Sunday, November 16, 2014

BUS STORY # 419 (Shorts 38: Other People's Shorts 3)

Downloaded from Instagram:kam0372.

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Emily Ackerman reports she was escorting her friends’ 3-year-old daughter on the NYC subway when the little girl sees a very large, very tattooed man -- and I mean very tattooed. Face tattoos. Teardrops and crosses. She points right at him and says loudly, “Look! Look! A pirate!” Embarrassed, I do the lame adult thing, haha no no shhh. She then says, “Right there! Look at him! A pirate is right there!” Large tattooed man says, “No sweetheart, I’m a construction worker.” She then gasps, “You mean pirates can be construction workers, too? Whoa!” Subway car cracks up. My week was made.

Posted on Facebook by Emily Ackerman, via my daughter.

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A while ago I was on the 205, just riding home from work, like I do.
The bus driver was making a reasonable attempt to be friendly, bidding each passenger a good day as they got off the bus.
Until one woman got off the bus.  The bus driver said, "Have a good day!" as she got off, and she didn't say anything; she just stared straight ahead, ignoring him completely.
After she got off and the doors were closed, the bus driver muttered, ". . . or not."  Several of us had a good chuckle.
Fairness requires the observation that she might have actually been having a really bad day.

Have A Good Day... posted March 20, 2014, by BUSNINJA, on BUSNINJA.

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Over and over, she tells him that she did exactly what he asked and she’s pissed that he doesn’t appreciate her. But he said he can’t rely on her, so she’s telling him, over the phone, for all of us to hear, exactly what transpired. She asks him, repeatedly, to confirm that she did indeed do what was expected of her. Their words hit and expend their force, like two fifth graders hurling water balloons at each other. It escalates and the entire bus can feel their relationship tearing at the seams. Humans have the capacity for great art, tremendous acts of courage, and love that triumphs over evil. But sometimes the tantrums suffuse all reason and we lose the ability to be our best. Or even just plain decent. Small scale on the 120 to downtown or large scale across the globe, it plays out and breaks my heart.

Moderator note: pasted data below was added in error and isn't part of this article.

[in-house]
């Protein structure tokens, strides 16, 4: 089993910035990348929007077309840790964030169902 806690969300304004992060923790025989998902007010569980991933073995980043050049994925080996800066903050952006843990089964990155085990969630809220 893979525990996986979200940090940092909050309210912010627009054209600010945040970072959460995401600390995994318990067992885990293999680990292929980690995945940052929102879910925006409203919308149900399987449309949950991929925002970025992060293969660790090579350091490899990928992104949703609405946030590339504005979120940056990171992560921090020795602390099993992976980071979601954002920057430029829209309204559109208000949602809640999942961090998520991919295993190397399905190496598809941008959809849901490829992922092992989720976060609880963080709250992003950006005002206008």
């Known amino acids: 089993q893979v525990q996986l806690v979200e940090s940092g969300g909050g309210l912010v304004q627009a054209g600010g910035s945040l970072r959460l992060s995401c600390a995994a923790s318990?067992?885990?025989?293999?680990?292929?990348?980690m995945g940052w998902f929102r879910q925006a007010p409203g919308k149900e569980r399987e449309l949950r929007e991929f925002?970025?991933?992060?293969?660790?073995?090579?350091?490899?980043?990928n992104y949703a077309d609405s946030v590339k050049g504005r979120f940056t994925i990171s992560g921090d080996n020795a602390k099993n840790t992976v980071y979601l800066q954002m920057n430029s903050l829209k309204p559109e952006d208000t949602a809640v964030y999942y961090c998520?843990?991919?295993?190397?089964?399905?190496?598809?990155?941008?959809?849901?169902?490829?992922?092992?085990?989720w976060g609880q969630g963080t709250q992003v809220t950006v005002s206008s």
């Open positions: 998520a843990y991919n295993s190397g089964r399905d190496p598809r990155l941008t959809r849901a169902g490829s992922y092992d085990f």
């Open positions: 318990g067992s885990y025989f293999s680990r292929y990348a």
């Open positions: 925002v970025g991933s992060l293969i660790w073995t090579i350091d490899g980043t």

Vanishing Reason, posted July 22, 2014, by Richard Isherman, on Bus Stories: Observations on Life In Transit.

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The second grader stepped onto the bus with all the confidence and resolve of a modern day Meriwether Lewis.  He was dressed in cargo shorts with the standard one hundred and fifty pockets filled with the items needed for a grueling trek across the vast wilderness.  His t-shirt extended well below his waist line and he wore a black dress belt around his waist.  Not in the loops of his pants, just around his waist on top of the t-shirt.  On the belt there was a small nylon pouch.  He stepped beside me and with the sound of Velcro being parted he produced a compass from the small pouch.  He held it out for me to see and informed me, "I will be keeping us on track today."  He looked at the compass with a concentration that is only known by those who realize that the lives and safety of innocent people are in their hands.  He pointed down the road and said, "That direction is," there was a momentary pause as he found his bearings, "that direction is, that away."  So we went, that away.  He looked at me shrugged his shoulders and said, "Hey, I looked at the directions and they looked hard so I'm not exactly sure how this thing works yet."  Lucky for us the school was due, that away, from where we were.

Go West Young Man, posted April 15, 2014, by Tom Brandon, on Mr. Brandon’s School Bus

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This morning on the 22 Fillmore:
Mr. Fantastic's outfit - dark purple skinny jeans and a black and white leopard print shirt. Neon yellow wristlet, flattop haircut, Clark Kent glasses.
Hot damn.
No one else could have pulled it off.

Bus Report #789, posted January 31, 2014, by Rachel in Fog City Notes.

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The photo at the top of this story is downloaded from Instagram:kam0372.

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